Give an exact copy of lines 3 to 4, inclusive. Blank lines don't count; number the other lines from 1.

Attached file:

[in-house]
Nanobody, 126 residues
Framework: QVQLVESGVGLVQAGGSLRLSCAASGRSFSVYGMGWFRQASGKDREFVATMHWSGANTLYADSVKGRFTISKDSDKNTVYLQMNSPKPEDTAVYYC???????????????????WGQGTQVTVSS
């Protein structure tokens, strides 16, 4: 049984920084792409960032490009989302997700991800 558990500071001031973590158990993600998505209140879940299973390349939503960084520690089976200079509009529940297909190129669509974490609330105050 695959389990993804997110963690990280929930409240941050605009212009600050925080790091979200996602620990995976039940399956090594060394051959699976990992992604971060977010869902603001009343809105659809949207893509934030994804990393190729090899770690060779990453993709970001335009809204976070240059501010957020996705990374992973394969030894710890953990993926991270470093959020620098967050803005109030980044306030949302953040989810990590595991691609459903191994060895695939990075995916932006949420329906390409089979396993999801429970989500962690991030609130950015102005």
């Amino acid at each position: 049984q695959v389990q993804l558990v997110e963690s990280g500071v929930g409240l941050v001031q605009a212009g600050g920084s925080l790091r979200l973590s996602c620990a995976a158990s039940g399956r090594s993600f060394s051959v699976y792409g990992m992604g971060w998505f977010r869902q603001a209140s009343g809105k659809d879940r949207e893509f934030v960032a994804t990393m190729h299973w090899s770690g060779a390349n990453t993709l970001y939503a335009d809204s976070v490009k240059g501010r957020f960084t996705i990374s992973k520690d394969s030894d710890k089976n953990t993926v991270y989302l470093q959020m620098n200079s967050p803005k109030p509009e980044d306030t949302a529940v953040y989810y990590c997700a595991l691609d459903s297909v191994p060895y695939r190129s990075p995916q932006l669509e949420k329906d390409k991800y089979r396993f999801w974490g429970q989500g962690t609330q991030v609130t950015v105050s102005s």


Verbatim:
Framework: QVQLVESGVGLVQAGGSLRLSCAASGRSFSVYGMGWFRQASGKDREFVATMHWSGANTLYADSVKGRFTISKDSDKNTVYLQMNSPKPEDTAVYYC???????????????????WGQGTQVTVSS
């Protein structure tokens, strides 16, 4: 049984920084792409960032490009989302997700991800 558990500071001031973590158990993600998505209140879940299973390349939503960084520690089976200079509009529940297909190129669509974490609330105050 695959389990993804997110963690990280929930409240941050605009212009600050925080790091979200996602620990995976039940399956090594060394051959699976990992992604971060977010869902603001009343809105659809949207893509934030994804990393190729090899770690060779990453993709970001335009809204976070240059501010957020996705990374992973394969030894710890953990993926991270470093959020620098967050803005109030980044306030949302953040989810990590595991691609459903191994060895695939990075995916932006949420329906390409089979396993999801429970989500962690991030609130950015102005």